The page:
Frankie And The Witch Fingers – Data Doom
(Greenway Records / The Reverberation Appreciation Society)

There has been some discussion in the psych-rock oriented subsections of Reddit and elsewhere regarding Frankie And The Witch Fingers. We already have Osees and King Gizzard & The Lizard Wizard knocking out their LPs faster than the Dairylea factory can mass-produce six-packs of Dunkers, so the argument goes. Do we really need this LA-based band of frenetic upstarts? Well it’s not as if John Dwyer or Stu Mackenzie invented garage-rockin’ psychedelic prog rock in the first place is it? That will have been Arthur Brown or somebody, I expect. Isn’t there room for everybody on the one-way bus to Tie Dye Street? Sure, this lot are working within the same genre as the aforementioned acts and the singer’s hepped-up yelp isn’t doing much to stand out from them but we shouldn’t write them off as copycats because they have their own twists on matters. Data Doom makes its case with heavy helpings of brass and related Afrobeat leanings, deviations into frantic funk and enough jarring changes in time signatures to keep awake the Snorlax after an all-you-can-eat turkey carvery and a double dose of valerian root extract.

Grails – Anches En Maat
(Temporary Residence)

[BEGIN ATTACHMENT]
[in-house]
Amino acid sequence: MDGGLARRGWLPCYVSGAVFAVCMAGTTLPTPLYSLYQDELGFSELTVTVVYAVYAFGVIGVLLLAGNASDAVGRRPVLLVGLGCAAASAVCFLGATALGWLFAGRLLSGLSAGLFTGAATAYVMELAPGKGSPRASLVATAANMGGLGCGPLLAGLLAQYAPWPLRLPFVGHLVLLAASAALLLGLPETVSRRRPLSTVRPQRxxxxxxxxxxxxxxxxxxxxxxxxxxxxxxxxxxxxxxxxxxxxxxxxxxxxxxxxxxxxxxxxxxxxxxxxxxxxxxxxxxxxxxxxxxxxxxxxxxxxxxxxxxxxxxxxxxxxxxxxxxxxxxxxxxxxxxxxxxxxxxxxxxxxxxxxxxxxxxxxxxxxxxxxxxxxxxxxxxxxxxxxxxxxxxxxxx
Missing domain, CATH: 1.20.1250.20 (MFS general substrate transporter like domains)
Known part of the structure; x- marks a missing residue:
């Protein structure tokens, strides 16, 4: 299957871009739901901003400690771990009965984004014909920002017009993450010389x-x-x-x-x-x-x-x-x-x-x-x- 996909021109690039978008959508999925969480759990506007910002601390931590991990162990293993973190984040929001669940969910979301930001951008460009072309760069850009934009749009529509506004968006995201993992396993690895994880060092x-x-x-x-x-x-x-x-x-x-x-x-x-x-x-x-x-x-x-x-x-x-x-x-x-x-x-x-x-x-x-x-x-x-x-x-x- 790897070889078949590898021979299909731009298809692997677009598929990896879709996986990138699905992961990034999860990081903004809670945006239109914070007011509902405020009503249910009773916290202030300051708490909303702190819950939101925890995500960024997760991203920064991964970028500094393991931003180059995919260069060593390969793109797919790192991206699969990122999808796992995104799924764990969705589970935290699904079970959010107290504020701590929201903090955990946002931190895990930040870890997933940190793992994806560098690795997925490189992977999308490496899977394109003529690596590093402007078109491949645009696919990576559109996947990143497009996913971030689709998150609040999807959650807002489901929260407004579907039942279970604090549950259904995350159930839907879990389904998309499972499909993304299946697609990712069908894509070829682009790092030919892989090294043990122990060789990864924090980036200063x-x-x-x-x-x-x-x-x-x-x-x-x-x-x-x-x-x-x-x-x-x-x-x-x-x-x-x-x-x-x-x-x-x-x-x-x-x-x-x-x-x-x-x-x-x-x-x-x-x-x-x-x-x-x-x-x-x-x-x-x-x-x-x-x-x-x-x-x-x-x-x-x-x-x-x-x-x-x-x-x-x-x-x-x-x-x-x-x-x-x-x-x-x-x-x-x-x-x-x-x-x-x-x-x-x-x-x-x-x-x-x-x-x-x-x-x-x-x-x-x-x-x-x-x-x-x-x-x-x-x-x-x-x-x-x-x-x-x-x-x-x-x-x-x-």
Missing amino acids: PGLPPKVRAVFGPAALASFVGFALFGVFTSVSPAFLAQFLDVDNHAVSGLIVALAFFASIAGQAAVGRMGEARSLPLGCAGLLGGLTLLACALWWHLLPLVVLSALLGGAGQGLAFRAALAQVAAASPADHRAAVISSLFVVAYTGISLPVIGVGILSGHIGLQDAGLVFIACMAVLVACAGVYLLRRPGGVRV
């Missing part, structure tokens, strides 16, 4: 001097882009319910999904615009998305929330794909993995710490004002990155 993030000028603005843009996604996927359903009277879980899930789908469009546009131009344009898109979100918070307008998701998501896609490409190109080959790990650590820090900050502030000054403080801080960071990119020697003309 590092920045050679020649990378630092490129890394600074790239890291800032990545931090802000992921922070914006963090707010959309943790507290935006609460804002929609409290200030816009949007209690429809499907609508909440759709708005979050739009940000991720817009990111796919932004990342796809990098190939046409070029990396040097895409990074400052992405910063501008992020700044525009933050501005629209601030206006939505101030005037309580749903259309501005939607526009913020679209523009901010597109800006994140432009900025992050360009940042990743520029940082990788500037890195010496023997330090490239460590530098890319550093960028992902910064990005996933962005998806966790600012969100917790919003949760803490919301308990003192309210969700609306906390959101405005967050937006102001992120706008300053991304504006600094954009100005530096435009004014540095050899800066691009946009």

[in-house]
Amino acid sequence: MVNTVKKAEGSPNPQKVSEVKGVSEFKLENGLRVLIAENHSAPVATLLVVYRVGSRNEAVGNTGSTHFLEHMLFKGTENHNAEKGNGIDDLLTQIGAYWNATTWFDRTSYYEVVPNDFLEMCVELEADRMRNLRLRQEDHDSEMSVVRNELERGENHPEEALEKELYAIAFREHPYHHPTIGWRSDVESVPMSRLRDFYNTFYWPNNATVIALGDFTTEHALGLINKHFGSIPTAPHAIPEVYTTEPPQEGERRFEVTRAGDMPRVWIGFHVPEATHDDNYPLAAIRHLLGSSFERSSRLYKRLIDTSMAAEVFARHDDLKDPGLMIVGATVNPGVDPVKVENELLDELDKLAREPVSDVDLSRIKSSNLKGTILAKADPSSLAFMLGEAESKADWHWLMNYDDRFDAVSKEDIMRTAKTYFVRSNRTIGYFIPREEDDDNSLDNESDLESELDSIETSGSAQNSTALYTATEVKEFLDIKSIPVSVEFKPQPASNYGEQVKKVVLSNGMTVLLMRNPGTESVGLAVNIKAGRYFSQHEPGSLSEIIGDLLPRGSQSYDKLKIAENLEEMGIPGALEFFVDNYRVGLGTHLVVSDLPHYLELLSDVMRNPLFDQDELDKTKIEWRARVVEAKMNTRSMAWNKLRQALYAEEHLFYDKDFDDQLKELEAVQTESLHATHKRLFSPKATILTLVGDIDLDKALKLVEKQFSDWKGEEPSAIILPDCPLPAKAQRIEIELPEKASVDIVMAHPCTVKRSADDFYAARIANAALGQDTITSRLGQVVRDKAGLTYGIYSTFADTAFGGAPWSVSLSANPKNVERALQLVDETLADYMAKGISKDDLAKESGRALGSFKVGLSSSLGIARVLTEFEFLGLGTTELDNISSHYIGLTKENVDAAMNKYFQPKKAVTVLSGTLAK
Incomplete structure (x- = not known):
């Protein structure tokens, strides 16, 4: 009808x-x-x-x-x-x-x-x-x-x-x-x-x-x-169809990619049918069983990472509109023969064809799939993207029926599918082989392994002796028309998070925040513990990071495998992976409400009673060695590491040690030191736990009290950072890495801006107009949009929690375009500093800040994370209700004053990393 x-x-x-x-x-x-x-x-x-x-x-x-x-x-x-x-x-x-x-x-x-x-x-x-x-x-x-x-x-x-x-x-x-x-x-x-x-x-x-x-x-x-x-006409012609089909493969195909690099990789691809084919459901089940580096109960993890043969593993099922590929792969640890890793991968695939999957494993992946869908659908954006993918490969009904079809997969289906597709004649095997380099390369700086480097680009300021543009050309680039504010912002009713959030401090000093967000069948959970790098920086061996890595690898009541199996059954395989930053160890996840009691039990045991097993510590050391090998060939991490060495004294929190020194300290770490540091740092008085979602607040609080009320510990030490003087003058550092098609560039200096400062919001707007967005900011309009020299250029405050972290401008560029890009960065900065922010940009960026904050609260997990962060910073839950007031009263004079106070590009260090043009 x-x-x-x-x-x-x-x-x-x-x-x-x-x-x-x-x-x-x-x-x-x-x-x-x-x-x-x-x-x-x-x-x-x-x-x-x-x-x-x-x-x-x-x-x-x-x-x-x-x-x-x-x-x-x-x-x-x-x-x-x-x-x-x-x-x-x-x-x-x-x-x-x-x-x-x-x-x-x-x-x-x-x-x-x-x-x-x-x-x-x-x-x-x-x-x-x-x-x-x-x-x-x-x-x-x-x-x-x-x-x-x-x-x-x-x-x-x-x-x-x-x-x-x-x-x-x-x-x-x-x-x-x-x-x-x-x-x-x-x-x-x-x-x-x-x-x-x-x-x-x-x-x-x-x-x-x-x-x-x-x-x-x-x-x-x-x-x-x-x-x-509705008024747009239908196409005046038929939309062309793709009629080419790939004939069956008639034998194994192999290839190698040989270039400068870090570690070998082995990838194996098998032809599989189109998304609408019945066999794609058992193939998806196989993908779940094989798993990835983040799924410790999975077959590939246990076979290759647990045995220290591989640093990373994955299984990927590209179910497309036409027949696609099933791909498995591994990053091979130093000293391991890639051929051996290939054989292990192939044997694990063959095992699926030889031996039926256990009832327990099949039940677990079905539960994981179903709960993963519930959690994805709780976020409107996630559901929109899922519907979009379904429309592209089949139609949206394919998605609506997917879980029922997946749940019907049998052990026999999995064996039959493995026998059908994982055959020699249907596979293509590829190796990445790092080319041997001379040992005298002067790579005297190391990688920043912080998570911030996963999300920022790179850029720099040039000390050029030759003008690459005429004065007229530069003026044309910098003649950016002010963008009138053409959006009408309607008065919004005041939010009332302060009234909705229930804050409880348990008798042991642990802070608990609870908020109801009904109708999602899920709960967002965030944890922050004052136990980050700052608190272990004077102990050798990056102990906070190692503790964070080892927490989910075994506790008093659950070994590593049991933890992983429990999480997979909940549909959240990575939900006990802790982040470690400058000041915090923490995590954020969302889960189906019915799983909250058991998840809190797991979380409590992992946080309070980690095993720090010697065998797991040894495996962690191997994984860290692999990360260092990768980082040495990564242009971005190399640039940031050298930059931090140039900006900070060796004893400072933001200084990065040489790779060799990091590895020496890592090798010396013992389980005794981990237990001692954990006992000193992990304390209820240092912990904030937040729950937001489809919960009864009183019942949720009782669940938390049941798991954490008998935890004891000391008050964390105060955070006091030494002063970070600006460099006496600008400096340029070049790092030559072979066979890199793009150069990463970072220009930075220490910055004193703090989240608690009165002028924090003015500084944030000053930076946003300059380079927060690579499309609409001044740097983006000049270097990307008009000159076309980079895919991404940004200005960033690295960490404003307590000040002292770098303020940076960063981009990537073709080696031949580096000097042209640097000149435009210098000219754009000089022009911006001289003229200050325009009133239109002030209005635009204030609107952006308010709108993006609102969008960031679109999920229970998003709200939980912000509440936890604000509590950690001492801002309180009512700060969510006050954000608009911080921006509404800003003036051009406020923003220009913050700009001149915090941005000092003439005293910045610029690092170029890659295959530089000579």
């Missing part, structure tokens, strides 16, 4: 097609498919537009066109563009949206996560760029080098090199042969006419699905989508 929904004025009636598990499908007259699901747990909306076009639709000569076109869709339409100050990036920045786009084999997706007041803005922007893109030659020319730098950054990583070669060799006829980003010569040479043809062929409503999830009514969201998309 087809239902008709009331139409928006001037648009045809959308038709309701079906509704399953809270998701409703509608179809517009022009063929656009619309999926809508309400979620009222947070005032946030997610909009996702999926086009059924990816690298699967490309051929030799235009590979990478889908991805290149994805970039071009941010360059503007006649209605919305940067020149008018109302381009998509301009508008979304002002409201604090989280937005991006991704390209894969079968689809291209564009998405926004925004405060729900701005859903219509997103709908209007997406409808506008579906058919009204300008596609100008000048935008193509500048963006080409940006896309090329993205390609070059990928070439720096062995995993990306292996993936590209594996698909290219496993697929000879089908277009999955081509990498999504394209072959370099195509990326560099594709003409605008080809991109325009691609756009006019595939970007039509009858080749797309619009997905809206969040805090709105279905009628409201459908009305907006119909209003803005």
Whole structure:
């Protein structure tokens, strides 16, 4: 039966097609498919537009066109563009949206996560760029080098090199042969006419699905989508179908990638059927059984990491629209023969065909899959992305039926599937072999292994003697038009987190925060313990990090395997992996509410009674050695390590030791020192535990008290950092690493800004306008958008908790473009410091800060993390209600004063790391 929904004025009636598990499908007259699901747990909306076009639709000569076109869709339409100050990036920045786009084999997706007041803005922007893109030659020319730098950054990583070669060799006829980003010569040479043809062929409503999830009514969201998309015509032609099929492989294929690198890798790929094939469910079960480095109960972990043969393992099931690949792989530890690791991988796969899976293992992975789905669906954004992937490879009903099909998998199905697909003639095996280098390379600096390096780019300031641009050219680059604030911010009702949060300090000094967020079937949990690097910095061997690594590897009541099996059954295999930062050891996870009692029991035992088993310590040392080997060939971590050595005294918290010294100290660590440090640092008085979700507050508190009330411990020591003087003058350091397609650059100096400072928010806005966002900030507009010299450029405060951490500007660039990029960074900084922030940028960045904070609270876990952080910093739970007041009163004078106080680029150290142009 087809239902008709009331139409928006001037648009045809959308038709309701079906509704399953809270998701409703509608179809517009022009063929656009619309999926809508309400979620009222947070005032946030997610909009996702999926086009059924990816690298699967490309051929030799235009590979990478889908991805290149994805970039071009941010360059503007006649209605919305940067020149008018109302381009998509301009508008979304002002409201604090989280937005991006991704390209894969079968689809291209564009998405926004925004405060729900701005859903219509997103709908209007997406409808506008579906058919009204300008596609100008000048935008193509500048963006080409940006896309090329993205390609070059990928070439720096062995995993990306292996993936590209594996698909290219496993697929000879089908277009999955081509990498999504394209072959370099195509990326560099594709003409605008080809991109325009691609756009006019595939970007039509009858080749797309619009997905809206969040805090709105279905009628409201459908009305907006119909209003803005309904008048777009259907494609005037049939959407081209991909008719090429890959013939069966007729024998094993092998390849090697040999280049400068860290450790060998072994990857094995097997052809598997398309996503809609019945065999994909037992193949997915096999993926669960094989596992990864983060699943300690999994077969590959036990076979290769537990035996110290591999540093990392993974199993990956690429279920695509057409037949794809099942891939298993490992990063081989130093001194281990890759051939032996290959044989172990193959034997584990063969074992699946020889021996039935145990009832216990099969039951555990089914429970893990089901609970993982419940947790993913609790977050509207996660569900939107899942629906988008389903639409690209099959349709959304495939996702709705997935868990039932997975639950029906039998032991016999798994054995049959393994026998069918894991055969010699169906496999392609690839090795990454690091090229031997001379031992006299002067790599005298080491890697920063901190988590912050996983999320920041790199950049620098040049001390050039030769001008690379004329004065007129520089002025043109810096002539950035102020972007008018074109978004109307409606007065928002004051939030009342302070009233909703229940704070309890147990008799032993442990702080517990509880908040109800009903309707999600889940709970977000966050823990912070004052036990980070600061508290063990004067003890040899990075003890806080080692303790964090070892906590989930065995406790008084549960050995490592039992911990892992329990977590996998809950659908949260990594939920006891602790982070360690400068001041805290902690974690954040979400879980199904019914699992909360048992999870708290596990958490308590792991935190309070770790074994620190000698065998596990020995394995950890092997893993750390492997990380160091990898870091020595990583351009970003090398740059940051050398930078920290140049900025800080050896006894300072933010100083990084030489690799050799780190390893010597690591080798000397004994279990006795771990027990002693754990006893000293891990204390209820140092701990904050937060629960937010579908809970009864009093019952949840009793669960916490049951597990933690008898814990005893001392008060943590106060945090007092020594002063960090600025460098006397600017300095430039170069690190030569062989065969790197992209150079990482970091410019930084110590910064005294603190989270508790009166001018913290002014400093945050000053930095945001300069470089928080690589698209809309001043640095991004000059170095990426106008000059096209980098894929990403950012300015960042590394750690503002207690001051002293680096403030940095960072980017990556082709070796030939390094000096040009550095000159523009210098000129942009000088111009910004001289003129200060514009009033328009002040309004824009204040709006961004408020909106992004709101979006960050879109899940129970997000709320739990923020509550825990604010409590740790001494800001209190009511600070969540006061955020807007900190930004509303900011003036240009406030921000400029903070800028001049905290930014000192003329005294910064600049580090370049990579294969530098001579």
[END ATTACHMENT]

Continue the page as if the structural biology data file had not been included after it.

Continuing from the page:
In contrast to the album above, here’s something that is somewhat calmer, smoother and – dare I say it – sexier. In the promo shots to plug this record, one member of the band is wearing a Venom t-shirt and another’s sporting the merch of Rush. That’s misleading as their music does not resemble a combination of those two influences. What would that sound like anyway? Voivod, obviously. Distinctly unVoivodian, Grails’ eighth album and their first in six years is the kind of thing John Carpenter would have made had he spent his career directing softcore skin flicks instead of chilling horror movies or dystopian thrillers and had still recorded his own soundtracks to the blue movies in question. The band’s lineup has changed a little of late and this is reflected in the way Grails’ music has edged closer to that which Alex Hall and Emil Amos create with their other project Lilacs & Champagne. Grails remain a moodier prospect, however, and where L&C’s recordings are always sample-heavy, this album keeps live instruments as the mainstay no matter how polished they sound. It’s like post-rock fuelled by piña coladas.